Title

Dysfunctional Sex Beliefs as an Inhibitor of Female Intercourse Experience

Publication Date

7-2015

Abstract

Although many researchers have examined gender differences in sexual activity, few have analyzed the relationship between beliefs about sexuality and sexual behavior. Using a sample of never-married male and female participants, the current study examined the relationship between demographic, religious, and sexual belief items upon a self-report of premarital sexual intercourse experience and premarital total sexual experience (e.g., feeling nude breast, manipulation of penis). Results show that females with higher scores on a scale of dysfunctional sexual beliefs were less likely to endorse sexual intercourse experience and reported less total sexual experience. The same relationship was not true for males. Psychoanalytic, cognitive social learning, and evolutionary theories are suggested as reasons for such a relationship.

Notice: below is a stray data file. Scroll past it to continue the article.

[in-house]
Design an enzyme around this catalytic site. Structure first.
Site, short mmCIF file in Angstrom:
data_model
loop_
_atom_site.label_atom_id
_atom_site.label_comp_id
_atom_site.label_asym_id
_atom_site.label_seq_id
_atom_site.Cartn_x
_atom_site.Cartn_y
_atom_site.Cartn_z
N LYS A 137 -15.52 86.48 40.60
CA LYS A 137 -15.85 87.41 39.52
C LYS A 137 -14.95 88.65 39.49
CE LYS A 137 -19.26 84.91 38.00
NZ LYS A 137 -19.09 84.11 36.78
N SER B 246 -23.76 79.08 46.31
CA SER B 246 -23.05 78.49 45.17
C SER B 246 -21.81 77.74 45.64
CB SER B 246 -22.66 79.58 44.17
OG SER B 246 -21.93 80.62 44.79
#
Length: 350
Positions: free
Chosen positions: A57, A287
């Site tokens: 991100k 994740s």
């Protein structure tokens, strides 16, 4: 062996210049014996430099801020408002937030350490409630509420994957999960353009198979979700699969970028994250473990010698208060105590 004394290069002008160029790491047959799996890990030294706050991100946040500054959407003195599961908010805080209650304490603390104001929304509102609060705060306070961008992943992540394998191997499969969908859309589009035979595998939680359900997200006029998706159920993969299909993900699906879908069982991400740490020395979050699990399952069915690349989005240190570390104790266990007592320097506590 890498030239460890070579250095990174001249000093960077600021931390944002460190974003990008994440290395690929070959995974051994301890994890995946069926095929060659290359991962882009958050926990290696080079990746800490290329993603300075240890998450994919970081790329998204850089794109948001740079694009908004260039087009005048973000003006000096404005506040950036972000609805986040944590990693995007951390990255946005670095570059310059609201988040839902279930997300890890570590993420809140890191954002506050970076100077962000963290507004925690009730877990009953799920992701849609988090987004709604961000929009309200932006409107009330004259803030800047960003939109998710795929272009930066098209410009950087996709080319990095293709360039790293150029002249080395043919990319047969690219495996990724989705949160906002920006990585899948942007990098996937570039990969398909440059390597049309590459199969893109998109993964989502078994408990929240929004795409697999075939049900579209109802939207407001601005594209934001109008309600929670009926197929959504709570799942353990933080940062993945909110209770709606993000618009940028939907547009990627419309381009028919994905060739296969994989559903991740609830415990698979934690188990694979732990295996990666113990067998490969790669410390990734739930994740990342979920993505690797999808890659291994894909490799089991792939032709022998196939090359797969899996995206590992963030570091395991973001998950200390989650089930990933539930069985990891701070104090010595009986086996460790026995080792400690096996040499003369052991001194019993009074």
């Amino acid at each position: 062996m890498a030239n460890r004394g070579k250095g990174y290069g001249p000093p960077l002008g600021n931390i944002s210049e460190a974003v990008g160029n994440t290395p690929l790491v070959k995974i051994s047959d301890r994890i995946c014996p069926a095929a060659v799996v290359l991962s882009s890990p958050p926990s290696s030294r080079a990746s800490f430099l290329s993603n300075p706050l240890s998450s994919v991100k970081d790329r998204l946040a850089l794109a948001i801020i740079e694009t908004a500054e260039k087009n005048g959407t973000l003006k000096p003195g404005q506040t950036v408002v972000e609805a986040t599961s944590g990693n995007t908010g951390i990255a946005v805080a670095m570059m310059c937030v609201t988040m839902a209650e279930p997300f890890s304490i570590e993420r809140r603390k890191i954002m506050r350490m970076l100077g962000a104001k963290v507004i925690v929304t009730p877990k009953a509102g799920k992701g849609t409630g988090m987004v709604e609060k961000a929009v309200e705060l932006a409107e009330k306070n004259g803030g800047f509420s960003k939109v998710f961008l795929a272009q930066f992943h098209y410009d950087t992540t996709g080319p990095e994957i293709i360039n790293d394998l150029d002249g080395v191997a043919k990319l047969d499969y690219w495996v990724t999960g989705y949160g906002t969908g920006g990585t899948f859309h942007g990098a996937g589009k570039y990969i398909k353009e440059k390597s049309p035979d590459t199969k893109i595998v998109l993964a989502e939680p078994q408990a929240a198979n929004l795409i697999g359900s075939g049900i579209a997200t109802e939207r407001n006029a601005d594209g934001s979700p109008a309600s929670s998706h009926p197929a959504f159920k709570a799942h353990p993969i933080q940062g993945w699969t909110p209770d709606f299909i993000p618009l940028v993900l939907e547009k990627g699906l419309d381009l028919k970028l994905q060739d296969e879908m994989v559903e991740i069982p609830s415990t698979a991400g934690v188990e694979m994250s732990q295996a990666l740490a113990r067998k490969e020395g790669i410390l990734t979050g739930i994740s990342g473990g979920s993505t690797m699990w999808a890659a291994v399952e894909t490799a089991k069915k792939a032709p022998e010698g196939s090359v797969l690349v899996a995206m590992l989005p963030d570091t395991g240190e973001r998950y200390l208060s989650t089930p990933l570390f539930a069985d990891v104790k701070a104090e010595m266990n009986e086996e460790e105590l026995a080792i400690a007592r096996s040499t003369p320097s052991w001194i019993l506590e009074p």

Degree Name

Doctor of Philosophy in Clinical Psychology (PhD)

First Advisor

Simpson, Stephen W.

Document Type

Dissertation

Language

English

Keywords

Sex, Sex therapy, Sexual ethics, Premarital sex, Sexual disorders

Disciplines

Psychology

Comments

Public Access: If you attend a college or university, you may be granted access for free through your school library subscription to ProQuest Theses & Dissertations. Copies may be available for purchase via ProQuest Dissertations Publishing https://dissexpress.proquest.com/search.html

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Embargo Period

10-22-2018

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